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EU backs IMO emission reduction

EU backs IMO emission reduction
The European Union has aligned its position on greenhouse gas emissions with that of the shipping industry ahead of this month?s International Maritime Organization meeting.

EU backs IMO on emissions reduction.

THE European Union has aligned its position on greenhouse gas emissions with that of the shipping industry ahead of this month's International Maritime Organization meeting.

A draft position written for the Marine Environment Protection Committee shows the EU believes the IMO is the ?appropriate? body to tackle reductions in carbon dioxide.

It also calls for a ?flag-neutral? solution, the option preferred by European shipowners.

Spain, which holds the rotating EU presidency, will tell the meeting that the EU ?recognises and supports the role of the IMO as the appropriate forum to develop global frameworks which should provide a flag-neutral and un-distortive coverage of the sector to avoid carbon-leakage?.

There is no mention of the threat of regional EU legislation, though the statement underlines the IMO must now show what it is capable of.

?The IMO has now an opportunity to demonstrate that concrete measures and ambitious levels of global reductions can be delivered to keep international shipping in line with global actions to reduce [greenhouse gas] emissions,? the statement says.

The presidency document says it is ?interesting to note? that talks on bunker fuel emissions have ?received increasing attention? within the United Nations Framework Convention on Climate Change, a process that runs in parallel to the IMO. But shipowners fear a UNFCCC agreement could hand out differentiated responsibilities to developed and developing nations, thereby distorting the market and leading to flagging out.

The EU presidency will stress during the London meeting that the 27-member bloc is committed to the IMO process ?to enable an international agreement that does not lead to competitive distortions or carbon leakage?.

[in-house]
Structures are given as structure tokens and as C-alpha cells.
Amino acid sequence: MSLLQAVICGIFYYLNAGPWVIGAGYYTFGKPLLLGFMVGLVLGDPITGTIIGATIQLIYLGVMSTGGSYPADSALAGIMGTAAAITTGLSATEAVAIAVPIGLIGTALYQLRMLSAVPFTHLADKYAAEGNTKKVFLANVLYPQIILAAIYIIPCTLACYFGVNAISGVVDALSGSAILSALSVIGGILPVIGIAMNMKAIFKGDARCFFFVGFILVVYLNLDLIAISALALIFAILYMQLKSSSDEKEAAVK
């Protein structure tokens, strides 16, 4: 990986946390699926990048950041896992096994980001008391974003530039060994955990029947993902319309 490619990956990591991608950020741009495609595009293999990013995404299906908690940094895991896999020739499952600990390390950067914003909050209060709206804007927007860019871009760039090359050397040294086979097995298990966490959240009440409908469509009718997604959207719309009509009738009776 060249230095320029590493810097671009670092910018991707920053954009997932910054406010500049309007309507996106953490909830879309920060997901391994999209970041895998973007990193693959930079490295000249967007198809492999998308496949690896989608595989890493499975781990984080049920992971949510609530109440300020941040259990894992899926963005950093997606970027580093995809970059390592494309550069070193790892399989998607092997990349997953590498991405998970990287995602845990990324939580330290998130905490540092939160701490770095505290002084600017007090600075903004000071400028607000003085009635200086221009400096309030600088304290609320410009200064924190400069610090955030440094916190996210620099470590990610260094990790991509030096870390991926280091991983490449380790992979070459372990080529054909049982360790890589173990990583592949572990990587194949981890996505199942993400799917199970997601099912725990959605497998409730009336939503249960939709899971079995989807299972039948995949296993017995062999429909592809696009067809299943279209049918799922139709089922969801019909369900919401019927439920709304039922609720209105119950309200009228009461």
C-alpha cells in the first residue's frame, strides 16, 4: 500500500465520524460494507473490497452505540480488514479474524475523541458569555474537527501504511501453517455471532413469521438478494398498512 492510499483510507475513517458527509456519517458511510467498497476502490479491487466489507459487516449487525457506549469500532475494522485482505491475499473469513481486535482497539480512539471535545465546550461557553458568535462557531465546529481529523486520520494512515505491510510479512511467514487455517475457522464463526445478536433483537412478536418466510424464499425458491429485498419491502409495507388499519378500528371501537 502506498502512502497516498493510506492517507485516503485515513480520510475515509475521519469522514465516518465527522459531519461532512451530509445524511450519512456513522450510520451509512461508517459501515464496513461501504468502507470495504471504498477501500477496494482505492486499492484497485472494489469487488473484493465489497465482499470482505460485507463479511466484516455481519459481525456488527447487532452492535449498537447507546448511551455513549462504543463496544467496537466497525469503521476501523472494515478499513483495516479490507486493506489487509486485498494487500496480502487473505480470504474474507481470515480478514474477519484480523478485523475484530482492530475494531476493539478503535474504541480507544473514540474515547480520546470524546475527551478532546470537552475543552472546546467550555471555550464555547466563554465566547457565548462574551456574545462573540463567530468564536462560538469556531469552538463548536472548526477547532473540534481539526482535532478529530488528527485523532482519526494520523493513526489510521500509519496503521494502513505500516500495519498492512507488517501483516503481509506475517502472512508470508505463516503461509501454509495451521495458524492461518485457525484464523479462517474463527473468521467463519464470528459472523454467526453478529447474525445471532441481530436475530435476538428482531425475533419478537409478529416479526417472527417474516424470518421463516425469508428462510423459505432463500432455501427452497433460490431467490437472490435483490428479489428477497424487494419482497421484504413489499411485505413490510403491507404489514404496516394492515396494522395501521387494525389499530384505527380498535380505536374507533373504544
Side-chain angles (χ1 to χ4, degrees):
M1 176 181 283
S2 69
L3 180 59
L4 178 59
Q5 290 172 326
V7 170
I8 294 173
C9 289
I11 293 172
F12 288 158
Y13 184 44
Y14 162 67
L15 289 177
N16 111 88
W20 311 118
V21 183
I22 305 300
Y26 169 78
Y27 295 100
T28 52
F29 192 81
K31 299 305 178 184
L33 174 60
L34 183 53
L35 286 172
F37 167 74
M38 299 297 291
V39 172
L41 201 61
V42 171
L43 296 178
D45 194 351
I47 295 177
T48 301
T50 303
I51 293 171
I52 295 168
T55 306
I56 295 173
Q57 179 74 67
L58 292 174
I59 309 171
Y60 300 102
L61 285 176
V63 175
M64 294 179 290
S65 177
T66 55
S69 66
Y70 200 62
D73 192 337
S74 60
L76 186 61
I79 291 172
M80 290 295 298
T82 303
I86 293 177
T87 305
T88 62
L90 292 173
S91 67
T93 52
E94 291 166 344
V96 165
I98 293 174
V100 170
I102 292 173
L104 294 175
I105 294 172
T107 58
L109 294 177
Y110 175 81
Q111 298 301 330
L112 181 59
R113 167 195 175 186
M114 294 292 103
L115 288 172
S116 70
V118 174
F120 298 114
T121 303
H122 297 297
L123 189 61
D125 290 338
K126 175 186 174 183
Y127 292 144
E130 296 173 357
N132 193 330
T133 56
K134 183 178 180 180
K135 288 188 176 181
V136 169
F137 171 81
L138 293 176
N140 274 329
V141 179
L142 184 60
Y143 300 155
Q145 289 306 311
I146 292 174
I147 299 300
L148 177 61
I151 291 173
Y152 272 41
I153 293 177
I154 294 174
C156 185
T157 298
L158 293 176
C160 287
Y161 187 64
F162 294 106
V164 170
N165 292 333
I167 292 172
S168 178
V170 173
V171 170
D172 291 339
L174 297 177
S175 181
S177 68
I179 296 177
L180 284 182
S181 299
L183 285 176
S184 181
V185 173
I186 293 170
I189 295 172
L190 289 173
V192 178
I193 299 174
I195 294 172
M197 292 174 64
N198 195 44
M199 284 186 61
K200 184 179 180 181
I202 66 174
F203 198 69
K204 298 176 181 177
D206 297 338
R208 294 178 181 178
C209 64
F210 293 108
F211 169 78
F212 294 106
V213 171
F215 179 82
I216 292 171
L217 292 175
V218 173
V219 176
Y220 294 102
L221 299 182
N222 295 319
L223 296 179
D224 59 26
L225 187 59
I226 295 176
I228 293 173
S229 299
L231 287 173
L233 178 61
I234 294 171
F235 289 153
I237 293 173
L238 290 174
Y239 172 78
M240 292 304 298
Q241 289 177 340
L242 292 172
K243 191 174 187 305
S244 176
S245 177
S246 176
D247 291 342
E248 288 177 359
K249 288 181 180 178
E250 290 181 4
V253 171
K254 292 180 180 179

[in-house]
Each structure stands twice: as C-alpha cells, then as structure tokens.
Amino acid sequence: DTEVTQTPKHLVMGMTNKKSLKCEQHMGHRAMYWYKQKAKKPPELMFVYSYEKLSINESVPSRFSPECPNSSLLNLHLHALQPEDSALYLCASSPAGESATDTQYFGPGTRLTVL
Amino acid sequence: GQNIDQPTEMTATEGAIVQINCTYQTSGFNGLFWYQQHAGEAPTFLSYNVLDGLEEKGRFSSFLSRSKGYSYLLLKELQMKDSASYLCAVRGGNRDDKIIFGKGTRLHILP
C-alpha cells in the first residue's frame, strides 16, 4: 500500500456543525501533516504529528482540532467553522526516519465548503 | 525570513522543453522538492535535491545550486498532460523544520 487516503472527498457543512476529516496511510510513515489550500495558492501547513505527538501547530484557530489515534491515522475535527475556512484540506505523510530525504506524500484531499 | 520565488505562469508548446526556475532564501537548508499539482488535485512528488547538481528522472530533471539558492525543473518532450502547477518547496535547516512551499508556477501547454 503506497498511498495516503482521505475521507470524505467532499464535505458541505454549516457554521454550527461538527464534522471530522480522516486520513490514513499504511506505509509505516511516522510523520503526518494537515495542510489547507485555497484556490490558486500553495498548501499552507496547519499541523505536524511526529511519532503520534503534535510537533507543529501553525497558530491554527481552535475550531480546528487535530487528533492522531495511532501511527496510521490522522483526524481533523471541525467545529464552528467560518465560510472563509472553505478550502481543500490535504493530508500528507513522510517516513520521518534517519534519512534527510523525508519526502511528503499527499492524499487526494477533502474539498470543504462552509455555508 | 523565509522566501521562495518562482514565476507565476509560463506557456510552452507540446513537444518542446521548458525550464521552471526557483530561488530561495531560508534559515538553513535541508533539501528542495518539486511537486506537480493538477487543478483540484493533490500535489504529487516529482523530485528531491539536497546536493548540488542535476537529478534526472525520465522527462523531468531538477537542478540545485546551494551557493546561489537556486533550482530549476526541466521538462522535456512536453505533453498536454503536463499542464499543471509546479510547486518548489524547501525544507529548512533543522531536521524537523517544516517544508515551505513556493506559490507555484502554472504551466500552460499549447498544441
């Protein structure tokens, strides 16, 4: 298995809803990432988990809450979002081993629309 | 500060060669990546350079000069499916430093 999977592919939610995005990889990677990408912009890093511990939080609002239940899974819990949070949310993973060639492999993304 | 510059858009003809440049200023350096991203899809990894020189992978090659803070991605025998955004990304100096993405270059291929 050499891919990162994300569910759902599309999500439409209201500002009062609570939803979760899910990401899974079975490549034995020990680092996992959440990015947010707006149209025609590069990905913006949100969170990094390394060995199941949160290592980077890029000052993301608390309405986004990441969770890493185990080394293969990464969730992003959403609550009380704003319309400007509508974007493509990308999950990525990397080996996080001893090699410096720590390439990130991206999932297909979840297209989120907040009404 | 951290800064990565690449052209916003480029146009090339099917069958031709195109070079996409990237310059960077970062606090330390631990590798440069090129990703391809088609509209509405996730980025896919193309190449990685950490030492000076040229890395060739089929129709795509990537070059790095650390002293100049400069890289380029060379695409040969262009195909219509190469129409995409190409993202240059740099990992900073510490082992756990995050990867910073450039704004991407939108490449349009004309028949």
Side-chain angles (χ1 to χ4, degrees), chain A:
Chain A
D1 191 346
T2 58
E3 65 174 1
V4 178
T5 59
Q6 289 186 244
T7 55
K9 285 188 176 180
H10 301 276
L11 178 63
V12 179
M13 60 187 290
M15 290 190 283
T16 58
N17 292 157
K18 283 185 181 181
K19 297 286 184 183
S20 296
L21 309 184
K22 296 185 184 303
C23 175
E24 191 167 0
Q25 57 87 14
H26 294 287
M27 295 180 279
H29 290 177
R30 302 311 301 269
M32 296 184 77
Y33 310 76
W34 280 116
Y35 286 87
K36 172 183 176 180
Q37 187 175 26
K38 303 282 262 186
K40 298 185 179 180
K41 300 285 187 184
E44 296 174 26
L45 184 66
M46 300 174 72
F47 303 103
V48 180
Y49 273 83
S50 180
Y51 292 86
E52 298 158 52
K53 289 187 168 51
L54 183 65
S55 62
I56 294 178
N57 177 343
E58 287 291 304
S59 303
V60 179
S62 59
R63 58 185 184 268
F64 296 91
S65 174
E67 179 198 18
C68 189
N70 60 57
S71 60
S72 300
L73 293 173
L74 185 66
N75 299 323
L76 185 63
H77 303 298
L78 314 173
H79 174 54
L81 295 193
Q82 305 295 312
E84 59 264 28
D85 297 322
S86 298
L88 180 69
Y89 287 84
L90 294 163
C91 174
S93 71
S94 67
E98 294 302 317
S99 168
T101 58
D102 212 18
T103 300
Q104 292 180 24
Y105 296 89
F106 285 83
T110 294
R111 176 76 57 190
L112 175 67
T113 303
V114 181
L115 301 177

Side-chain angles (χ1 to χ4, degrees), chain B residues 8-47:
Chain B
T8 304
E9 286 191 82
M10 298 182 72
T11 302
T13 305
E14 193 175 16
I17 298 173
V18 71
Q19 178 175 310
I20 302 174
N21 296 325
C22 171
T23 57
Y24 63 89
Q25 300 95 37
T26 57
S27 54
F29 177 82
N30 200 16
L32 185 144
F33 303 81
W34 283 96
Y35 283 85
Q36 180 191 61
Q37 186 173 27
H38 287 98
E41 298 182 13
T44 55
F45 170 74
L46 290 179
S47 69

Any agreement should be approved by the end of next year.

The EU has taken no position on the merits of market-based instruments for achieving carbon dioxide reductions. There has been debate among member states, which are split between an emissions trading scheme and a bunker fuel tax.

The MEPC draft statement simply calls for ?a robust and environmentally effective market-based measure to complement energy efficiency measures?. This should be accompanied by ?a clear timetable for its development and introduction?.

The lead up to the March 22 meeting has been marred by squabbling among EU governments over procedure. Governments initially blocked a European Commission initiative to take the lead in talks before reversing their opposition, by which time the deadline for written submissions had passed.

Given internal divisions and the magnitude of the task, there is little optimism in the EU capital that the IMO process will prove capable of laying the groundwork for market-based measures.


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